By Donna Ryun
OOIDA Information Services
While the title I chose for this issue's topic may have caught your attention, I admit that it is a bit deceiving. There's really no secret.
The co-insurance clause in your cargo insurance is written in black and white right there within your policy. However, if you haven't actually read your policy, it remains a "dirty little secret" that could cost you your business if you have an accident that damages your valuable cargo.
Recently, an OOIDA truck insurance agent asked me to address this issue in my column. She told me that a member had advised her that he and many of his fellow truckers were totally unaware of how the cargo co-insurance clause could affect them if they had an accident involving cargo damages. He believed this was something that all truckers need to know. He's right.
It's been my experience for several years now that most truck owners carry a "standard" $100,000 limit of cargo coverage. It appears to be very common in the industry for broker contracts to specify that the owner-operator is only required to maintain $100,000 in cargo coverage. So, many believe that as long as they carry $100,000 they are good to go. What most don't understand, however, is that their broker contract doesn't affect how their cargo policy works.
The fact is, that $100,000 just doesn't buy as much as it once did. Commodities are getting more and more expensive. This point should be considered when determining insurance requirements, particularly when the cargo policy contains a co-insurance clause.
If you do not buy enough cargo insurance to cover the entire value of the load, claims will only be paid on a percentage basis, not dollar-for-dollar, because of the co-insurance clause.
The end result being, you will pay significantly more out-of-pocket than just your deductible on sizable claims - even if the claim amount is lower than the amount of cargo coverage you have on the load.
The co-insurance penalty is calculated by dividing the amount of insurance that you carry by the amount of insurance that would actually be required in order to cover the loss. You would then multiply that percentage by the dollar amount of the loss in order to establish the amount of the settlement.
Let me give you an example:
If you have a load that's valued at $250,000, and you have the standard $100,000 limit on cargo coverage, you are not insured for the first $100,000 of cargo damages, as many truckers actually believe.
Because of the co-insurance clause in your policy, you're really only purchasing insurance for a percentage of the risk - in this case 40 percent. The remaining 60 percent of the risk is on you.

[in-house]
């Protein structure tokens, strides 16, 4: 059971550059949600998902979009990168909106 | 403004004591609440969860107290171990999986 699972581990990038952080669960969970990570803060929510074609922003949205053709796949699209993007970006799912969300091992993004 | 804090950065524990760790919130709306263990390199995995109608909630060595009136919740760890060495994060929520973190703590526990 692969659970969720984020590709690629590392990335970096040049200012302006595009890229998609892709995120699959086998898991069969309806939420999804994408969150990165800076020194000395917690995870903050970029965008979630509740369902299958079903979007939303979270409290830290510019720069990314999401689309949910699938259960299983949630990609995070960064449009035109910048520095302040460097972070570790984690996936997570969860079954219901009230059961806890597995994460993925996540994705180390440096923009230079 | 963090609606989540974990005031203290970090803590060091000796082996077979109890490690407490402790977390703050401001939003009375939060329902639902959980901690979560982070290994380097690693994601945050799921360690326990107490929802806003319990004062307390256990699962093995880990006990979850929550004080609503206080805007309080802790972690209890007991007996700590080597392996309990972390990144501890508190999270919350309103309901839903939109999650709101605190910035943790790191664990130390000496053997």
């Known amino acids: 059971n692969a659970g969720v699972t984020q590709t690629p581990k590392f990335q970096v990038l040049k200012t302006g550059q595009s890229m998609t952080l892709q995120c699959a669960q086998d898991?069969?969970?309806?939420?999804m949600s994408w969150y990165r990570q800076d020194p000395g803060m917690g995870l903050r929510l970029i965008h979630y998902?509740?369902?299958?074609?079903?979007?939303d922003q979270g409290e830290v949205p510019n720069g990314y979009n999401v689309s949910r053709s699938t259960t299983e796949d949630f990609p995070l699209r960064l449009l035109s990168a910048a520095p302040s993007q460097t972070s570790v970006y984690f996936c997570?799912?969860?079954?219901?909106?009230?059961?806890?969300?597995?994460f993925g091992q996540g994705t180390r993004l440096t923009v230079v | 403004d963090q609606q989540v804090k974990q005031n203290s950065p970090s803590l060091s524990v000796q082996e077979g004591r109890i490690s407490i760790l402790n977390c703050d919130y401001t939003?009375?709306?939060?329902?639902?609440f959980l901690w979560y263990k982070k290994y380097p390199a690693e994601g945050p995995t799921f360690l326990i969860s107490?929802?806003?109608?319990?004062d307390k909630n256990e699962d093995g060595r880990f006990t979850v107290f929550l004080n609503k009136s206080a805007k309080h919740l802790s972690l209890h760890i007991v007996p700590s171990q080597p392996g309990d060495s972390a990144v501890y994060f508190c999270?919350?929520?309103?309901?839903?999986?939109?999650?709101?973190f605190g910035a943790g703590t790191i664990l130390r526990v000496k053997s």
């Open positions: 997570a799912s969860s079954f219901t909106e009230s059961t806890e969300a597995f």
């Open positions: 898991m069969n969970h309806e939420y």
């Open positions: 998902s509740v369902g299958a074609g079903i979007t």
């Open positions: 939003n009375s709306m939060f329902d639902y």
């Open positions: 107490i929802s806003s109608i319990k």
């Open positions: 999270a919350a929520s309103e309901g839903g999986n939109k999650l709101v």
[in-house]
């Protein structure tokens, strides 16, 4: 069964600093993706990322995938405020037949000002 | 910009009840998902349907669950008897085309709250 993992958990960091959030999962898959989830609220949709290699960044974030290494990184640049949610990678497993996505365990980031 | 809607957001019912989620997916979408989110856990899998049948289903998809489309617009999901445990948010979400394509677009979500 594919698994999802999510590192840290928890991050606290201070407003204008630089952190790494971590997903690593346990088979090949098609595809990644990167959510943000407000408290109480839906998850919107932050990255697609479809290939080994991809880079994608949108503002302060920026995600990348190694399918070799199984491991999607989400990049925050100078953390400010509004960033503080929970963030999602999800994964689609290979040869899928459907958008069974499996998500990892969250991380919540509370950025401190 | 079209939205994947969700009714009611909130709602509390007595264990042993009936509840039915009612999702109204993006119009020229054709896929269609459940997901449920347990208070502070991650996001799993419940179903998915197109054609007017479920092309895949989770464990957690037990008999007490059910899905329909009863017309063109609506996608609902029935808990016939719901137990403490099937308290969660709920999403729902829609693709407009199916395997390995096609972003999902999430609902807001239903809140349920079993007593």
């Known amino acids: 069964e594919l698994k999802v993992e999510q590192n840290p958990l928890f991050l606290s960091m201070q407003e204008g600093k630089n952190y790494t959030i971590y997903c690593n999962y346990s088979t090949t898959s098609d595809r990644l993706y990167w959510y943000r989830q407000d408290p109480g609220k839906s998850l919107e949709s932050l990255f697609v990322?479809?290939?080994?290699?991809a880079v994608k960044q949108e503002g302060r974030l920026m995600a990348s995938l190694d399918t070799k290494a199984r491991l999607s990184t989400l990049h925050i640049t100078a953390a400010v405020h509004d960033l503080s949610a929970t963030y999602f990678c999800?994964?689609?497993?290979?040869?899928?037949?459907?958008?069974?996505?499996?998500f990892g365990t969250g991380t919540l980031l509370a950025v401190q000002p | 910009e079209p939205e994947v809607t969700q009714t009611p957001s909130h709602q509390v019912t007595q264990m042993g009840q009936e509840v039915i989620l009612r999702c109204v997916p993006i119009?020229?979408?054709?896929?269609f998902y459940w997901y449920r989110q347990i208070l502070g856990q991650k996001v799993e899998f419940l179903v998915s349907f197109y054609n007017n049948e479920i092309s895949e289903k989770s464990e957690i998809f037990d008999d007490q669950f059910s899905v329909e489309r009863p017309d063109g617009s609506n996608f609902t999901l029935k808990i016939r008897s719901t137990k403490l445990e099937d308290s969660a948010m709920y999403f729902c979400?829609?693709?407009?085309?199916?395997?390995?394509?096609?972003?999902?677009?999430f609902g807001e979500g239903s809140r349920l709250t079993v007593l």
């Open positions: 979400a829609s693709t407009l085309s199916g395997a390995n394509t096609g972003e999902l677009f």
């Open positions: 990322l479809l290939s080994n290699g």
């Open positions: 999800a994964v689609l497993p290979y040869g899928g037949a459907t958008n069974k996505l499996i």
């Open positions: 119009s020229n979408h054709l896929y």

Let's say you're transporting a load of electronics and while in transit, you're involved in an accident. A $2,500 flat-screen TV is damaged beyond repair. Because 60 percent of the risk is on you, your share of the damage is $1,500. Your $100,000 cargo policy with the co-insurance clause covers 40 percent, so that's $1,000.
Subtract your deductible of $1,000 from that, and this leaves your insurance company paying - ummmm, well, nothing. The "dirty little secret" is out, and you end up paying for the TV because $1,500 for your share of the damages plus a $1,000 deductible equals $2,500.
So why does the insurance company include a co-insurance clause in the policy? It's for the same reason that you insured a $250,000 load for only $100,000. Aside from the fact that the broker only required $100,000, you took a gamble believing that the odds are greater if an accident occurs, the damages surely wouldn't be over $100,000, so why pay the premium to insure for $250,000?
The truth is that you're right.
The risk is greater that you'll have more losses involving damages under $100,000, than you will involving the entire $250,000. Insurers know it's much easier to do $100,000 damage to a $250,000 load than it is to do $100,000 damage to a $100,000 load.
Consequently, the insurance company doesn't want to accept the additional risk without charging an additional premium, so they include a co-insurance penalty within the policy. Doing so enables them to share, with the insured, the additional risk incurred because most damages will be in the first $100,000.
In this example, you chose to buy insurance to protect only 40 percent of the value of your load; therefore you accepted the other 60 percent of the risk in addition to your deductible.
Although the loss in the example resulted in you having an unexpected $2,500 out-of-pocket expense, it could have been much worse. Imagine if the cargo was a total loss. Your share of those damages could throw you into bankruptcy.
Remember: If you don't want to pay a co-insurance penalty, you will need to insure for 100 percent of the value of the load.
When you purchase insurance, you expect protection from damages or losses that you might otherwise have to pay out of your own pocket. However, your cargo policy probably contains specific provisions that likely include a co-insurance clause. You can avoid any unwanted surprises if you take the time to read your policy, and contact an agent if you have any questions.
If you have questions about doing business, please e-mail them to firstname.lastname@example.org or send them to PO Box 1000, Grain Valley, MO 64029. We can't publish all of your questions in Land Line, but you will receive a response, even if your letter is not published.